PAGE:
... her the Ineffable Name, by means of which he raised himself to heaven. He assented to her condition. But once she knew it, she pronounced the Name, and herself ascended to heaven, without fulfilling her promise to the angel. God said, "Because she kept herself aloof from sin, we will place her among the seven stars, that men may never forget her," and she was put in the constellation of the Pleiades. Shemhazai and Azazel, however, were not deterred from entering into alliances with the daughters of men, and to the first two sons were born. Azazel began to devise the finery and the ornaments by means of which women ...
58. The el-Amarna Letters (Ages in Chaos) [Velikovsky]
... accepts and acknowledges the orders of the pharaoh. Here is one of his stereotyped letters: LETTER 275: To the king, my lord, my gods, my sun, say: Thus saith Iahzibada, thy servant, the dust of thy feet: At the feet of the king, my lord, my gods, my sun, seven times and seven times I fall down. The word which the king, my lord, my gods, my sun, has spoken to me, verily, I will execute it for the king, my lord. The areas of administration of Judah and Benjamin, as they were divided among the chiefs and the sari of the cities ...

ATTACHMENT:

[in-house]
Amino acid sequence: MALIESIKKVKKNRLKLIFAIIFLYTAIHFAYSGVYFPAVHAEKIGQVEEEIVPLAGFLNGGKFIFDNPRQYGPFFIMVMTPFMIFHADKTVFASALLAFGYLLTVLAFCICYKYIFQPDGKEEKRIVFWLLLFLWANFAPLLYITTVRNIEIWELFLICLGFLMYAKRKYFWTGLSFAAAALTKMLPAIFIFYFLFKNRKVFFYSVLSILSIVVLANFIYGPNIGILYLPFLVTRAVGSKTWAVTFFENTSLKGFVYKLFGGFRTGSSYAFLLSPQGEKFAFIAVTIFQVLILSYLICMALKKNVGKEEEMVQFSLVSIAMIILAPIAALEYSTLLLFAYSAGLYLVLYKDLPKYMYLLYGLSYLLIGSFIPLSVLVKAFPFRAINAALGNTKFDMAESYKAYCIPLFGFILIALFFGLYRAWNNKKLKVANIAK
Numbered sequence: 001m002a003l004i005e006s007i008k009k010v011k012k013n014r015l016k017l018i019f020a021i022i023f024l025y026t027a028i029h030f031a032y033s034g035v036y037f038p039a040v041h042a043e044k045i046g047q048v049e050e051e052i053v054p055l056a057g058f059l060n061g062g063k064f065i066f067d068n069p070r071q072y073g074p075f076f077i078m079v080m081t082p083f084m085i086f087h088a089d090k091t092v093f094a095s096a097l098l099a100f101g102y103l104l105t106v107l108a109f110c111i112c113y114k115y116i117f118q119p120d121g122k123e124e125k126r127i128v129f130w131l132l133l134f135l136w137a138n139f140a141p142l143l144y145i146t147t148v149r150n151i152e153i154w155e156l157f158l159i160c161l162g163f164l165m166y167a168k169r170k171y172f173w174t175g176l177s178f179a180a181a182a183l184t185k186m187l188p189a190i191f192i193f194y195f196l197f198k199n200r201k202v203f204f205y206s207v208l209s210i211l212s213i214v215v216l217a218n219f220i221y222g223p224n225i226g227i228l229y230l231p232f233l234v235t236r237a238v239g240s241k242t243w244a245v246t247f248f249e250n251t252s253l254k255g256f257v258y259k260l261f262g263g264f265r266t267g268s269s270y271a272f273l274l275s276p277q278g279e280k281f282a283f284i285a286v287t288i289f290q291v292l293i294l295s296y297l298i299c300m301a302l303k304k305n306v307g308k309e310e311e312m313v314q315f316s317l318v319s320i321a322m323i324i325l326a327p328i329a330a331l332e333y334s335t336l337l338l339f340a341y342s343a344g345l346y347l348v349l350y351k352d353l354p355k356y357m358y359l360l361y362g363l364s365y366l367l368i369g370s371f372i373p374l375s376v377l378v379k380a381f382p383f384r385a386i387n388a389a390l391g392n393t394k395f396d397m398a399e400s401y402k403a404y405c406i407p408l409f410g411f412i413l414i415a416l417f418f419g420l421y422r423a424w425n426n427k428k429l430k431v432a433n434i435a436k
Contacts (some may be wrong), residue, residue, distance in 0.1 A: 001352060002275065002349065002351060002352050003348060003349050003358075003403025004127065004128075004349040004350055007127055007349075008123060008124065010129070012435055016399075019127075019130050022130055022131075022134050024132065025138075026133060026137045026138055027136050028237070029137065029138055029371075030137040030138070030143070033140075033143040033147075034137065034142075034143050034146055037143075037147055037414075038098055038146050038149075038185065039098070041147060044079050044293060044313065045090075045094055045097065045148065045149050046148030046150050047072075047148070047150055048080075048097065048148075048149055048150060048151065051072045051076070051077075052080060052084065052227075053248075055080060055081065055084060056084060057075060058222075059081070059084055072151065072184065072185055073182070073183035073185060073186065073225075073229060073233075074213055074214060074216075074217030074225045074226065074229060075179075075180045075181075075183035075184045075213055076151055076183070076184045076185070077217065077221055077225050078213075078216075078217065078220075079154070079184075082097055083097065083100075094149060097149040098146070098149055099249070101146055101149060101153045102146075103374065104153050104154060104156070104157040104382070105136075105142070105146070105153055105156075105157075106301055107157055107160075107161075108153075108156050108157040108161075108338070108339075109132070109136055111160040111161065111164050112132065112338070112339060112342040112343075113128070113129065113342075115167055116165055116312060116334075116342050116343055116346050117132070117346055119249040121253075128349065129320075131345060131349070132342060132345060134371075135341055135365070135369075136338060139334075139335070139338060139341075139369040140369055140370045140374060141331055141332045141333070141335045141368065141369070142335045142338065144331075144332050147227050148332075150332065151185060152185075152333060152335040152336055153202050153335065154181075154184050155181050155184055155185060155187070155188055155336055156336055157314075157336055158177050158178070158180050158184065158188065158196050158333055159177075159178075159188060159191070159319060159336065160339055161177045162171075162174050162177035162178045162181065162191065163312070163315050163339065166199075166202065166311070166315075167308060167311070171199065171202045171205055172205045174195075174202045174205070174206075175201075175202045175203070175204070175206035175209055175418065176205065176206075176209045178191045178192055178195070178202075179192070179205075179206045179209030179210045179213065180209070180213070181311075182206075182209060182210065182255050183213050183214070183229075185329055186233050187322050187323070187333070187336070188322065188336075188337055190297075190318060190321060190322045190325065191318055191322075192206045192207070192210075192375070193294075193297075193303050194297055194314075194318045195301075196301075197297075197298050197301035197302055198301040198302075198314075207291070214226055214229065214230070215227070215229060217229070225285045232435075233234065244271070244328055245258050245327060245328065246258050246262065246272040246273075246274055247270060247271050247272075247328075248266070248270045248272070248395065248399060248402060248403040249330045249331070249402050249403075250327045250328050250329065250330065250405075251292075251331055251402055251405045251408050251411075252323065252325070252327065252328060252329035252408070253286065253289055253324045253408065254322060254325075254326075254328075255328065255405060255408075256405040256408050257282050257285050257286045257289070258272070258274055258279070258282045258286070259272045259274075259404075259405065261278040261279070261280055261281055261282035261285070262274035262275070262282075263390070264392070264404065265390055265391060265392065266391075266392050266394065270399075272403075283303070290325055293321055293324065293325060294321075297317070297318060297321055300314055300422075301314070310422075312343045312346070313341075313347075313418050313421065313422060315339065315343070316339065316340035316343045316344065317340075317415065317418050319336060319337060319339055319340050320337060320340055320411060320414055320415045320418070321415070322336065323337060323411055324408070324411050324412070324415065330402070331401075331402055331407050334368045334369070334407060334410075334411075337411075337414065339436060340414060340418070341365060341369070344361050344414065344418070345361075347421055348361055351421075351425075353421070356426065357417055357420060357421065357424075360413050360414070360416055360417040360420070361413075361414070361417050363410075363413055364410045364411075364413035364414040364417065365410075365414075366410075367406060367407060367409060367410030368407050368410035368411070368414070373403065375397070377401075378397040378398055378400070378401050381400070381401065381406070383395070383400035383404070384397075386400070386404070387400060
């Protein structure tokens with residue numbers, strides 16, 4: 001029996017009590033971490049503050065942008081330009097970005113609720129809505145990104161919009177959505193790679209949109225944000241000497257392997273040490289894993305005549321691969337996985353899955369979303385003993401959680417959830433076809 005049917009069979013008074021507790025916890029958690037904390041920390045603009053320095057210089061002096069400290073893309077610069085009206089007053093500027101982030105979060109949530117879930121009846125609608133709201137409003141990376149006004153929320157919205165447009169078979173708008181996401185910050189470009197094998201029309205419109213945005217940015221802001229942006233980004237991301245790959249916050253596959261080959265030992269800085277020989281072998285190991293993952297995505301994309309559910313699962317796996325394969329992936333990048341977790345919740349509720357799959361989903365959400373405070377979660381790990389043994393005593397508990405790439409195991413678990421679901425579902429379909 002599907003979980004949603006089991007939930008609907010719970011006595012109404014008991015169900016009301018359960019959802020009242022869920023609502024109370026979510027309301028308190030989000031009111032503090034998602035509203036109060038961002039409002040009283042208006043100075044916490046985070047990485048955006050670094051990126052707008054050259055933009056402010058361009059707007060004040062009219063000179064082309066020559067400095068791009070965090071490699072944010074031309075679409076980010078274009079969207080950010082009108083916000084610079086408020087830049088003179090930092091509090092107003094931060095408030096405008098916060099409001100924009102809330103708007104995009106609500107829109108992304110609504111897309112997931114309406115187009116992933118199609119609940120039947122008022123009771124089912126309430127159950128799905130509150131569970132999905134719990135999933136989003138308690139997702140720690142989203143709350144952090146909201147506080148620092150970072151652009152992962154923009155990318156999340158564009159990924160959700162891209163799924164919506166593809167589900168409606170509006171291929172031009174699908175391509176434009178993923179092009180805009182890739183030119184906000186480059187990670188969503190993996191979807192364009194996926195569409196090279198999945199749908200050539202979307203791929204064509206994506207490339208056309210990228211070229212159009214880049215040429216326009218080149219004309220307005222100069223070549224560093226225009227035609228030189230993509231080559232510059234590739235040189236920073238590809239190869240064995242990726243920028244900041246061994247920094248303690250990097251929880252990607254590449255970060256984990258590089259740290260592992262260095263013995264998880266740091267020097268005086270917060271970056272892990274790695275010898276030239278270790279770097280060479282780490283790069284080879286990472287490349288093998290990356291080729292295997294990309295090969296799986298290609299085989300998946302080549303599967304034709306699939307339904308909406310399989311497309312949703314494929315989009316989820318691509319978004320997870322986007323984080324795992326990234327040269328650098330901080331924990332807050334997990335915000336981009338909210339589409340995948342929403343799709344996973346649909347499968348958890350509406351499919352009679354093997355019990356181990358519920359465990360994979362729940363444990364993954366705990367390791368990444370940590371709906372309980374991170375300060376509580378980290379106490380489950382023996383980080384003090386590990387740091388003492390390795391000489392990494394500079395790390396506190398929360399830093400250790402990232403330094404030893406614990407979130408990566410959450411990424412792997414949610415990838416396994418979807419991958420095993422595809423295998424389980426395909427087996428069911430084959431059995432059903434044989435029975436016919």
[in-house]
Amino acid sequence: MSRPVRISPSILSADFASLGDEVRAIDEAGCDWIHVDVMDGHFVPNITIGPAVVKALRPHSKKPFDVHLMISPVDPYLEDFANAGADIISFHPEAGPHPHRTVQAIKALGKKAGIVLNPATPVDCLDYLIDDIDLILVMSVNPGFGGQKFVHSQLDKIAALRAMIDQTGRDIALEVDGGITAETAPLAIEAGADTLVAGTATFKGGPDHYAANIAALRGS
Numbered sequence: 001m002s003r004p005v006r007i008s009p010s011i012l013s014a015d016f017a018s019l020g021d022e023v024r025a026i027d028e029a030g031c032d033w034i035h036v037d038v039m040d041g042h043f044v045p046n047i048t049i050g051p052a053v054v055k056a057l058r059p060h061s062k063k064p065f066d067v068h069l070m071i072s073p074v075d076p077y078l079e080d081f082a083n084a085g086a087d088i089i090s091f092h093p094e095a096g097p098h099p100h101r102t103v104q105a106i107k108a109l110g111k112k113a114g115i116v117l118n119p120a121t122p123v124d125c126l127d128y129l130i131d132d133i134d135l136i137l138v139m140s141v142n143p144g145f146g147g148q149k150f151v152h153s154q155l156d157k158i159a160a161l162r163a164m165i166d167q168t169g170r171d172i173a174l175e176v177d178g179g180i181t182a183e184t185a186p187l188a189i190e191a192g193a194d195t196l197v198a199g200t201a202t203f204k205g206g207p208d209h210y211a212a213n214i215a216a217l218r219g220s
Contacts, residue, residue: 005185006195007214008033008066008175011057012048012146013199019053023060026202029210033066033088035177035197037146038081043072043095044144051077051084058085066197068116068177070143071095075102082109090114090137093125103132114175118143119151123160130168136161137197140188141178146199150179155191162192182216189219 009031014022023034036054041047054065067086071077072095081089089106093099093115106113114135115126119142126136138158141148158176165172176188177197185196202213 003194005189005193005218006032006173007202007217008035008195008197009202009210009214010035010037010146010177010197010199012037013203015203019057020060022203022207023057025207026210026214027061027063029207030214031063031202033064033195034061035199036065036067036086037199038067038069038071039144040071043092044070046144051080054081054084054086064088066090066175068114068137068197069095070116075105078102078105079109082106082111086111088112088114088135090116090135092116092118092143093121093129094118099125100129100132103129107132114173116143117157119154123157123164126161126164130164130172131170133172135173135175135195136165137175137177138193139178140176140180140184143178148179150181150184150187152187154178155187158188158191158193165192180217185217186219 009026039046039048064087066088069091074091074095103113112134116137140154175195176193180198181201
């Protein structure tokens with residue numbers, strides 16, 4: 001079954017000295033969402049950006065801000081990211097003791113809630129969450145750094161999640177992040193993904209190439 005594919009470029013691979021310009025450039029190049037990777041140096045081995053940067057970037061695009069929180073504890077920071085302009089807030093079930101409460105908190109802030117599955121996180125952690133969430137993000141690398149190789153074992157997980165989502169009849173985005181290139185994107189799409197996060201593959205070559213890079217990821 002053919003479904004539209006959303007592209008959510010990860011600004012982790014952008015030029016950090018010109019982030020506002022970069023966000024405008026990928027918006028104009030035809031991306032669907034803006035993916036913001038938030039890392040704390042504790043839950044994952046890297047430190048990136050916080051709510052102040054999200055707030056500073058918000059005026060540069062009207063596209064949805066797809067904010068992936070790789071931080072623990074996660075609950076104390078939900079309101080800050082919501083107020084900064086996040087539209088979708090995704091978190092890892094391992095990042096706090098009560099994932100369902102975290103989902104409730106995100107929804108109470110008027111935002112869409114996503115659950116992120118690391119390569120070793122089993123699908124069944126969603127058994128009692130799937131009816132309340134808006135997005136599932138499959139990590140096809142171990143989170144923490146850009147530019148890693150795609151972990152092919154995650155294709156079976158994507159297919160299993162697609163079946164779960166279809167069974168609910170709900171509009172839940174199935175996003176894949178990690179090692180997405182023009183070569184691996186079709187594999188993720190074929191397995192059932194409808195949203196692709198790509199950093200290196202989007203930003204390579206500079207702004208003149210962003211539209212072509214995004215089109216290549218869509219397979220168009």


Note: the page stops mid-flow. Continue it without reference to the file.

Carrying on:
59. The Legends of the Jews: Volume I - Abraham [Books]
... ordeal: the well was to belong to the party for whose sheep the waters would rise so that they could drink of them. But the shepherds of Abimelech disregarded the agreement, and they wrested the well for their own use. As a witness and a perpetual sign that the well belonged to him, Abraham set aside seven sheep, corresponding to the seven Noachian laws binding upon all men alike. But God said, "Thou didst give him seven sheep. As thou livest, the Philistines shall one day slay seven righteous men, Samson, Hophni, Phinehas, and Saul with his three sons, and they will destroy seven holy places ...
... seem to belong to a different frame of time, to another world-age. It is time now to deal with the main line of events. The epic opens with a very poetical theory of the origin of the World. The virgin daughter of the air, Ilmatar, descends to the surface of the waters, where she remains floating for seven hundred years until Ukko, the Finnish Zeus, sends his bird to her. The bird makes its nest on the knees of Ilmatar and lays in it seven eggs, out of which the visible world comes. But this world remains empty and sterile until Vainamoinen is born of the virgin and the waters. Old since birth, he ...